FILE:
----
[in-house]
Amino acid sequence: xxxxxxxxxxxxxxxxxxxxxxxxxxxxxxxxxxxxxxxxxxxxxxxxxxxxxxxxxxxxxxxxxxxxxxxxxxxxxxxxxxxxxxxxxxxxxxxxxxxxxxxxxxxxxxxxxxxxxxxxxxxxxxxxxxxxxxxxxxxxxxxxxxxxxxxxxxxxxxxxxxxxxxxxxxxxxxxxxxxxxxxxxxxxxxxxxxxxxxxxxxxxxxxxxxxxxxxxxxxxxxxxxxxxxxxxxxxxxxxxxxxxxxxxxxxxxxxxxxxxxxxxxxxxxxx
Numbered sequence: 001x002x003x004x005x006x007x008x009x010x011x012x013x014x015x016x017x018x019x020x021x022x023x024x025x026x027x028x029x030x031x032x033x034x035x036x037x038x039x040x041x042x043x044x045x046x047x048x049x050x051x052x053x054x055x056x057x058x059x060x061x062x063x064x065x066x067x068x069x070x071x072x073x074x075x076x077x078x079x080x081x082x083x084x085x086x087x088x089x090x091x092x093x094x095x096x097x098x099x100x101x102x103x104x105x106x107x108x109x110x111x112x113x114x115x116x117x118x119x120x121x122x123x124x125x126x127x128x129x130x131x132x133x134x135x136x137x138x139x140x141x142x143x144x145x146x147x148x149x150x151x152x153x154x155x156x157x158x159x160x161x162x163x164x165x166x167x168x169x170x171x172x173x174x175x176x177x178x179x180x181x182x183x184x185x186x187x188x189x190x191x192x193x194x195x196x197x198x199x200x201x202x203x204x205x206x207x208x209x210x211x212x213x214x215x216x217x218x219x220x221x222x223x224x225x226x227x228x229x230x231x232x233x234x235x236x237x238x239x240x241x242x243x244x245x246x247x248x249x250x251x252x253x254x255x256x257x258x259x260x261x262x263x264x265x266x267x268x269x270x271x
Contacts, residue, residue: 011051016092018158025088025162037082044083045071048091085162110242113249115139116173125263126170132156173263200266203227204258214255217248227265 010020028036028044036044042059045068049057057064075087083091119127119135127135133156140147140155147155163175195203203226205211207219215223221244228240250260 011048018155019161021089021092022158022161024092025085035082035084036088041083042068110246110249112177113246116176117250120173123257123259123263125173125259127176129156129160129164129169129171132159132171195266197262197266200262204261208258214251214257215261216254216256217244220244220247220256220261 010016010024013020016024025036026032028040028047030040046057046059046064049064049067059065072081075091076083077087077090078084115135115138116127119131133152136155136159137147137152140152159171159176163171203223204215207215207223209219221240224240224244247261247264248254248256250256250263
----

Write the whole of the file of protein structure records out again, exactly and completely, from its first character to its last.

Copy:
[in-house]
Amino acid sequence: xxxxxxxxxxxxxxxxxxxxxxxxxxxxxxxxxxxxxxxxxxxxxxxxxxxxxxxxxxxxxxxxxxxxxxxxxxxxxxxxxxxxxxxxxxxxxxxxxxxxxxxxxxxxxxxxxxxxxxxxxxxxxxxxxxxxxxxxxxxxxxxxxxxxxxxxxxxxxxxxxxxxxxxxxxxxxxxxxxxxxxxxxxxxxxxxxxxxxxxxxxxxxxxxxxxxxxxxxxxxxxxxxxxxxxxxxxxxxxxxxxxxxxxxxxxxxxxxxxxxxxxxxxxxxxx
Numbered sequence: 001x002x003x004x005x006x007x008x009x010x011x012x013x014x015x016x017x018x019x020x021x022x023x024x025x026x027x028x029x030x031x032x033x034x035x036x037x038x039x040x041x042x043x044x045x046x047x048x049x050x051x052x053x054x055x056x057x058x059x060x061x062x063x064x065x066x067x068x069x070x071x072x073x074x075x076x077x078x079x080x081x082x083x084x085x086x087x088x089x090x091x092x093x094x095x096x097x098x099x100x101x102x103x104x105x106x107x108x109x110x111x112x113x114x115x116x117x118x119x120x121x122x123x124x125x126x127x128x129x130x131x132x133x134x135x136x137x138x139x140x141x142x143x144x145x146x147x148x149x150x151x152x153x154x155x156x157x158x159x160x161x162x163x164x165x166x167x168x169x170x171x172x173x174x175x176x177x178x179x180x181x182x183x184x185x186x187x188x189x190x191x192x193x194x195x196x197x198x199x200x201x202x203x204x205x206x207x208x209x210x211x212x213x214x215x216x217x218x219x220x221x222x223x224x225x226x227x228x229x230x231x232x233x234x235x236x237x238x239x240x241x242x243x244x245x246x247x248x249x250x251x252x253x254x255x256x257x258x259x260x261x262x263x264x265x266x267x268x269x270x271x
Contacts, residue, residue: 011051016092018158025088025162037082044083045071048091085162110242113249115139116173125263126170132156173263200266203227204258214255217248227265 010020028036028044036044042059045068049057057064075087083091119127119135127135133156140147140155147155163175195203203226205211207219215223221244228240250260 011048018155019161021089021092022158022161024092025085035082035084036088041083042068110246110249112177113246116176117250120173123257123259123263125173125259127176129156129160129164129169129171132159132171195266197262197266200262204261208258214251214257215261216254216256217244220244220247220256220261 010016010024013020016024025036026032028040028047030040046057046059046064049064049067059065072081075091076083077087077090078084115135115138116127119131133152136155136159137147137152140152159171159176163171203223204215207215207223209219221240224240224244247261247264248254248256250256250263